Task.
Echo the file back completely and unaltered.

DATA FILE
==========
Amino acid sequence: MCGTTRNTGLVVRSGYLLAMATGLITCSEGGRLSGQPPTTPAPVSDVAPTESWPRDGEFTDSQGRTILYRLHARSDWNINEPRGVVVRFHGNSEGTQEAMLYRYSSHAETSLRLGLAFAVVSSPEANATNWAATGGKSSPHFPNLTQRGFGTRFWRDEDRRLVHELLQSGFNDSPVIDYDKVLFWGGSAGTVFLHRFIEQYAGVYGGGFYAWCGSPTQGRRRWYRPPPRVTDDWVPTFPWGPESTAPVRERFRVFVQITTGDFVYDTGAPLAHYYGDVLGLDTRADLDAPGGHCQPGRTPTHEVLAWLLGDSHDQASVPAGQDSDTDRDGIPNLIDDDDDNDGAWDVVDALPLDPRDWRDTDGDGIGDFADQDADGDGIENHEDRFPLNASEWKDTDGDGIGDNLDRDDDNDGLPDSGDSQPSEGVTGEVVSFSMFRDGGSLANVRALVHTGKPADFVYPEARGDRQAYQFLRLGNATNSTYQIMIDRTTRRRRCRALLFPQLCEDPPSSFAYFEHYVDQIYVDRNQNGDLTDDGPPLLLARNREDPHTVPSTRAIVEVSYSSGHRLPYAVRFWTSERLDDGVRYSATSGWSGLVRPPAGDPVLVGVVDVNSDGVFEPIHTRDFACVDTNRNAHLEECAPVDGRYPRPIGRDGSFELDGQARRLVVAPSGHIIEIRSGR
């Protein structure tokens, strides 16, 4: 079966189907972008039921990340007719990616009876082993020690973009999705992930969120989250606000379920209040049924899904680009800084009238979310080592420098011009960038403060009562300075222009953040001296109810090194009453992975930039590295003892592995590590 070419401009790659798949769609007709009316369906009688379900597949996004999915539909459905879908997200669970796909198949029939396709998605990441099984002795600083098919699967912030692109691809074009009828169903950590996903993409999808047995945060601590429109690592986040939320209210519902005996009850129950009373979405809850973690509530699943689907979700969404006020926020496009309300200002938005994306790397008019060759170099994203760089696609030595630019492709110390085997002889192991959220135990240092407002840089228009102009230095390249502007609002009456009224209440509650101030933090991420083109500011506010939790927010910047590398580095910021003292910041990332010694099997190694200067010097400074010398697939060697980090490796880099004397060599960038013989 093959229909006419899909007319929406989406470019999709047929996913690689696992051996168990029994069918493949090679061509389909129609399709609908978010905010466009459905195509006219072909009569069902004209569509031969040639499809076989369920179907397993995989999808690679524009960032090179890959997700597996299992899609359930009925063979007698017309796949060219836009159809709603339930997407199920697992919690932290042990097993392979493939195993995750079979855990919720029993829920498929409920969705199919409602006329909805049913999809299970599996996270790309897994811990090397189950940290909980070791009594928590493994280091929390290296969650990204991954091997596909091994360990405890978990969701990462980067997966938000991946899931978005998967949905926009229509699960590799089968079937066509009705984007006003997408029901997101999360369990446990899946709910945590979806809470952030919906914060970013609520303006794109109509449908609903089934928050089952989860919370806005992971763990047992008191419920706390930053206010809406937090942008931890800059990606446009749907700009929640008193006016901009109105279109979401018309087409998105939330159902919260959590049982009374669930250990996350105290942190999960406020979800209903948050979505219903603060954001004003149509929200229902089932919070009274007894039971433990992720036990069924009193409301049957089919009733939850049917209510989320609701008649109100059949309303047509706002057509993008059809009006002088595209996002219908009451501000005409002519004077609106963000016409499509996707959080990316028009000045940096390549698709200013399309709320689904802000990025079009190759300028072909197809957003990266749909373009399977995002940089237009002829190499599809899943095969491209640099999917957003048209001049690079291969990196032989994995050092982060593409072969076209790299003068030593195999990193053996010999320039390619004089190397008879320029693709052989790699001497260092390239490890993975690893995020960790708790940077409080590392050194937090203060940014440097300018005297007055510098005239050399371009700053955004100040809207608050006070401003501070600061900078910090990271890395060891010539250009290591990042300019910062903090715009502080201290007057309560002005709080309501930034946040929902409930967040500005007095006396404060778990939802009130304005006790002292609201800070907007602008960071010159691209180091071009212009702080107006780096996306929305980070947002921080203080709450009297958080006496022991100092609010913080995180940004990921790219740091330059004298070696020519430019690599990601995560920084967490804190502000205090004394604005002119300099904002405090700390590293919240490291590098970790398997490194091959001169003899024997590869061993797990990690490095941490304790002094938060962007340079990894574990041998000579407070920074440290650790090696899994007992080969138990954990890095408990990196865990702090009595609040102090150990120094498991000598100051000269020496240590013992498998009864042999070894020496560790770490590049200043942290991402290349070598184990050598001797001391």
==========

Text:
Amino acid sequence: MCGTTRNTGLVVRSGYLLAMATGLITCSEGGRLSGQPPTTPAPVSDVAPTESWPRDGEFTDSQGRTILYRLHARSDWNINEPRGVVVRFHGNSEGTQEAMLYRYSSHAETSLRLGLAFAVVSSPEANATNWAATGGKSSPHFPNLTQRGFGTRFWRDEDRRLVHELLQSGFNDSPVIDYDKVLFWGGSAGTVFLHRFIEQYAGVYGGGFYAWCGSPTQGRRRWYRPPPRVTDDWVPTFPWGPESTAPVRERFRVFVQITTGDFVYDTGAPLAHYYGDVLGLDTRADLDAPGGHCQPGRTPTHEVLAWLLGDSHDQASVPAGQDSDTDRDGIPNLIDDDDDNDGAWDVVDALPLDPRDWRDTDGDGIGDFADQDADGDGIENHEDRFPLNASEWKDTDGDGIGDNLDRDDDNDGLPDSGDSQPSEGVTGEVVSFSMFRDGGSLANVRALVHTGKPADFVYPEARGDRQAYQFLRLGNATNSTYQIMIDRTTRRRRCRALLFPQLCEDPPSSFAYFEHYVDQIYVDRNQNGDLTDDGPPLLLARNREDPHTVPSTRAIVEVSYSSGHRLPYAVRFWTSERLDDGVRYSATSGWSGLVRPPAGDPVLVGVVDVNSDGVFEPIHTRDFACVDTNRNAHLEECAPVDGRYPRPIGRDGSFELDGQARRLVVAPSGHIIEIRSGR
């Protein structure tokens, strides 16, 4: 079966189907972008039921990340007719990616009876082993020690973009999705992930969120989250606000379920209040049924899904680009800084009238979310080592420098011009960038403060009562300075222009953040001296109810090194009453992975930039590295003892592995590590 070419401009790659798949769609007709009316369906009688379900597949996004999915539909459905879908997200669970796909198949029939396709998605990441099984002795600083098919699967912030692109691809074009009828169903950590996903993409999808047995945060601590429109690592986040939320209210519902005996009850129950009373979405809850973690509530699943689907979700969404006020926020496009309300200002938005994306790397008019060759170099994203760089696609030595630019492709110390085997002889192991959220135990240092407002840089228009102009230095390249502007609002009456009224209440509650101030933090991420083109500011506010939790927010910047590398580095910021003292910041990332010694099997190694200067010097400074010398697939060697980090490796880099004397060599960038013989 093959229909006419899909007319929406989406470019999709047929996913690689696992051996168990029994069918493949090679061509389909129609399709609908978010905010466009459905195509006219072909009569069902004209569509031969040639499809076989369920179907397993995989999808690679524009960032090179890959997700597996299992899609359930009925063979007698017309796949060219836009159809709603339930997407199920697992919690932290042990097993392979493939195993995750079979855990919720029993829920498929409920969705199919409602006329909805049913999809299970599996996270790309897994811990090397189950940290909980070791009594928590493994280091929390290296969650990204991954091997596909091994360990405890978990969701990462980067997966938000991946899931978005998967949905926009229509699960590799089968079937066509009705984007006003997408029901997101999360369990446990899946709910945590979806809470952030919906914060970013609520303006794109109509449908609903089934928050089952989860919370806005992971763990047992008191419920706390930053206010809406937090942008931890800059990606446009749907700009929640008193006016901009109105279109979401018309087409998105939330159902919260959590049982009374669930250990996350105290942190999960406020979800209903948050979505219903603060954001004003149509929200229902089932919070009274007894039971433990992720036990069924009193409301049957089919009733939850049917209510989320609701008649109100059949309303047509706002057509993008059809009006002088595209996002219908009451501000005409002519004077609106963000016409499509996707959080990316028009000045940096390549698709200013399309709320689904802000990025079009190759300028072909197809957003990266749909373009399977995002940089237009002829190499599809899943095969491209640099999917957003048209001049690079291969990196032989994995050092982060593409072969076209790299003068030593195999990193053996010999320039390619004089190397008879320029693709052989790699001497260092390239490890993975690893995020960790708790940077409080590392050194937090203060940014440097300018005297007055510098005239050399371009700053955004100040809207608050006070401003501070600061900078910090990271890395060891010539250009290591990042300019910062903090715009502080201290007057309560002005709080309501930034946040929902409930967040500005007095006396404060778990939802009130304005006790002292609201800070907007602008960071010159691209180091071009212009702080107006780096996306929305980070947002921080203080709450009297958080006496022991100092609010913080995180940004990921790219740091330059004298070696020519430019690599990601995560920084967490804190502000205090004394604005002119300099904002405090700390590293919240490291590098970790398997490194091959001169003899024997590869061993797990990690490095941490304790002094938060962007340079990894574990041998000579407070920074440290650790090696899994007992080969138990954990890095408990990196865990702090009595609040102090150990120094498991000598100051000269020496240590013992498998009864042999070894020496560790770490590049200043942290991402290349070598184990050598001797001391």